Ted Simons: When the critics will see this, now that there's another county attorney taking over the case, why are they wrong when they say you're basically going to find someone to take this case regardless of what these people find and if the Yavapai county attorney says that the Wilcox case has no merit or the Stapley case needs more work, why is that not good enough?

Andrew Thomas: We've handed these things over because we've been forced to. I've asked to appoint special prosecutors, well qualified, and the board of supervisors has refused even though there was a conflict of interest because the special prosecutors would be investigating their own conduct and whether litigating it for months, the reality is until today, there was nobody to prosecute any member of the board of supervisors if they went out and robbed a convenience store or committed another major crime because of the previous rulings in the situation. We now have a prosecutor. I wish her the best and we're going to provide the -- whatever resources she needs to fully prosecute and I hope she will.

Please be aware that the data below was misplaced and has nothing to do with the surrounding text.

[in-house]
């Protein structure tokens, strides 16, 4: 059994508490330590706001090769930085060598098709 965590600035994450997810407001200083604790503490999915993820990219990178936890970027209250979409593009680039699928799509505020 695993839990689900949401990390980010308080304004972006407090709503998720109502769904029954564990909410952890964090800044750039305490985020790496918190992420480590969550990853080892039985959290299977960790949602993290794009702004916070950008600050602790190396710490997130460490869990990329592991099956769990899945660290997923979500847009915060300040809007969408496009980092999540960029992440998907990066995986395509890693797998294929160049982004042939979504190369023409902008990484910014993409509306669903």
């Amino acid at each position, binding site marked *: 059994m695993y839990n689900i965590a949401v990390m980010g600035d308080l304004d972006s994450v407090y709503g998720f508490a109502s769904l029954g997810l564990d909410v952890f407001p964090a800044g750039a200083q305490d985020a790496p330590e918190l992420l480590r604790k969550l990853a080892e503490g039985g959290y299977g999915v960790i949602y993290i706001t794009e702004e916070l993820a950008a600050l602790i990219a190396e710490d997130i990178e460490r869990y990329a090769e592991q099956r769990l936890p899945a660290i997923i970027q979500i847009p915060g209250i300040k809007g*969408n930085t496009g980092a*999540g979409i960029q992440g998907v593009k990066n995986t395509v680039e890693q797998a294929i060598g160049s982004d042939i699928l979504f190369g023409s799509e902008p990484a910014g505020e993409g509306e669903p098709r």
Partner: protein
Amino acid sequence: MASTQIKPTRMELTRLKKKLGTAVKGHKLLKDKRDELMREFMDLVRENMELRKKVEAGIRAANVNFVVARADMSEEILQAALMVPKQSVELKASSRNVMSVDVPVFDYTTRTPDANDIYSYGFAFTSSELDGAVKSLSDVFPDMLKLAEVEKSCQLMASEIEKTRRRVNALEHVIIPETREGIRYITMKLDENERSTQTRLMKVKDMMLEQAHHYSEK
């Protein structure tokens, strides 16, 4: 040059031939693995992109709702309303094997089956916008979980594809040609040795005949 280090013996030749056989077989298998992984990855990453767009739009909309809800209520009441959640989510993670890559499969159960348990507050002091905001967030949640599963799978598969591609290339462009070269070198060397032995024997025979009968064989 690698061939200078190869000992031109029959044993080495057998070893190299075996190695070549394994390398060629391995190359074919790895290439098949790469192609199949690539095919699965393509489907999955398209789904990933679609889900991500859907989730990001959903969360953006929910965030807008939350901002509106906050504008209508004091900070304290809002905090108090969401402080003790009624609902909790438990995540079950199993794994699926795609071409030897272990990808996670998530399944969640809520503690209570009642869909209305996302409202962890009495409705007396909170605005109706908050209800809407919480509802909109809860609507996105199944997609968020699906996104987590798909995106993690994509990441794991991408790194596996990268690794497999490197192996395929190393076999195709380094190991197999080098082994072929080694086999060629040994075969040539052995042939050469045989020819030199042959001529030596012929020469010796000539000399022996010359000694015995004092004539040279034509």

Ted Simons: The ruling in the Wilcox case, were you surprised at that?

Andrew Thomas: Very. And so were the career prosecutors in our office. The allegations made that there's politics behind this, there was no evidence of that before the court. And if you read editorials and surf the net, there's all kinds of allegations out about, but if you read what was in front of the court, there was no evidence to back it up and we have career prosecutors in our office who handled these things and made the charges, decisions presented to the grand jury and they were shocked and deeply offended, these were legitimate prosecutions and to have allegations was not right. We're appealing the decision and I look forward to seeing the integrity of our office upheld on appeal.